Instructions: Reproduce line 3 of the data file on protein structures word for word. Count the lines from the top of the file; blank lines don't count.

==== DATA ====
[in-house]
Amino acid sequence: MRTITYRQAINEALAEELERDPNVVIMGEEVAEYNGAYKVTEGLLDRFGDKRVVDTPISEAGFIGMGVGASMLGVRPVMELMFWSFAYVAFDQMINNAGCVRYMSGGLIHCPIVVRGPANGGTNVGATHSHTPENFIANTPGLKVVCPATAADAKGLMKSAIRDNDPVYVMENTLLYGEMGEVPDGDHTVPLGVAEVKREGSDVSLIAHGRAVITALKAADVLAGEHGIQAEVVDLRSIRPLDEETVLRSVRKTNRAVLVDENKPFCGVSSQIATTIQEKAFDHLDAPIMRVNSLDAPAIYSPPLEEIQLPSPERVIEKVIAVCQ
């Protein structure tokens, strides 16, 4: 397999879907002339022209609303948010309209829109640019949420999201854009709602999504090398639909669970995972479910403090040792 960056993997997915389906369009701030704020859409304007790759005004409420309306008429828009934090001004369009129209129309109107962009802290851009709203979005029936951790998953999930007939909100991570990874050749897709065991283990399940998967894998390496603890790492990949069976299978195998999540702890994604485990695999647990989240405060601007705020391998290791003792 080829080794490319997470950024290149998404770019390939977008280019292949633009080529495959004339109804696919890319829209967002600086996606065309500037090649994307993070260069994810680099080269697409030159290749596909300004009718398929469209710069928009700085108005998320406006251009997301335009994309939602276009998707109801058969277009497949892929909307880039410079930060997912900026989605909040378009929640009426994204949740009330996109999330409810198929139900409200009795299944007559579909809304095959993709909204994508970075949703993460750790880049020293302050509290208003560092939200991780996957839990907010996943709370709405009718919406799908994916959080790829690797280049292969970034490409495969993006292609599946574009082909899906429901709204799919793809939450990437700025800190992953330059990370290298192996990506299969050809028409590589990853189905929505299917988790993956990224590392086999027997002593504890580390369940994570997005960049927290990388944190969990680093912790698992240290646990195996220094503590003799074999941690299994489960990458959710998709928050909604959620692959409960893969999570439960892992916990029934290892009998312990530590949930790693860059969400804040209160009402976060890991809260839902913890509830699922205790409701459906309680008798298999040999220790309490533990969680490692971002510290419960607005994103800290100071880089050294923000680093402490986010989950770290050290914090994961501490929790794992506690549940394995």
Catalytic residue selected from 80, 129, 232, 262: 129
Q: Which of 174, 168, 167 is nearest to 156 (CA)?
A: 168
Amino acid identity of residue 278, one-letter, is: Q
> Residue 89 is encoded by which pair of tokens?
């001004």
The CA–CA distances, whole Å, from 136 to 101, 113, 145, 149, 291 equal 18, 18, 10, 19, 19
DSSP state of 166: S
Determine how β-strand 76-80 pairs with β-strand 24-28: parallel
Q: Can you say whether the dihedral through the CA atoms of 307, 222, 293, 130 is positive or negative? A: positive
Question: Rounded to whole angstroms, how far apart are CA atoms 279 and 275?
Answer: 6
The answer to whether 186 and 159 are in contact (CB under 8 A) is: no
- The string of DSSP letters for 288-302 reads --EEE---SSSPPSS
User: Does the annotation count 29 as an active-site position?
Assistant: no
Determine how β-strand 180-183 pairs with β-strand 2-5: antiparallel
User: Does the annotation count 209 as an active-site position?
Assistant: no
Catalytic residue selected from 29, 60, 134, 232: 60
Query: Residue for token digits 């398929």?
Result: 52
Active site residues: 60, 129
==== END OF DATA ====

């Protein structure tokens, strides 16, 4: 397999879907002339022209609303948010309209829109640019949420999201854009709602999504090398639909669970995972479910403090040792 960056993997997915389906369009701030704020859409304007790759005004409420309306008429828009934090001004369009129209129309109107962009802290851009709203979005029936951790998953999930007939909100991570990874050749897709065991283990399940998967894998390496603890790492990949069976299978195998999540702890994604485990695999647990989240405060601007705020391998290791003792 080829080794490319997470950024290149998404770019390939977008280019292949633009080529495959004339109804696919890319829209967002600086996606065309500037090649994307993070260069994810680099080269697409030159290749596909300004009718398929469209710069928009700085108005998320406006251009997301335009994309939602276009998707109801058969277009497949892929909307880039410079930060997912900026989605909040378009929640009426994204949740009330996109999330409810198929139900409200009795299944007559579909809304095959993709909204994508970075949703993460750790880049020293302050509290208003560092939200991780996957839990907010996943709370709405009718919406799908994916959080790829690797280049292969970034490409495969993006292609599946574009082909899906429901709204799919793809939450990437700025800190992953330059990370290298192996990506299969050809028409590589990853189905929505299917988790993956990224590392086999027997002593504890580390369940994570997005960049927290990388944190969990680093912790698992240290646990195996220094503590003799074999941690299994489960990458959710998709928050909604959620692959409960893969999570439960892992916990029934290892009998312990530590949930790693860059969400804040209160009402976060890991809260839902913890509830699922205790409701459906309680008798298999040999220790309490533990969680490692971002510290419960607005994103800290100071880089050294923000680093402490986010989950770290050290914090994961501490929790794992506690549940394995």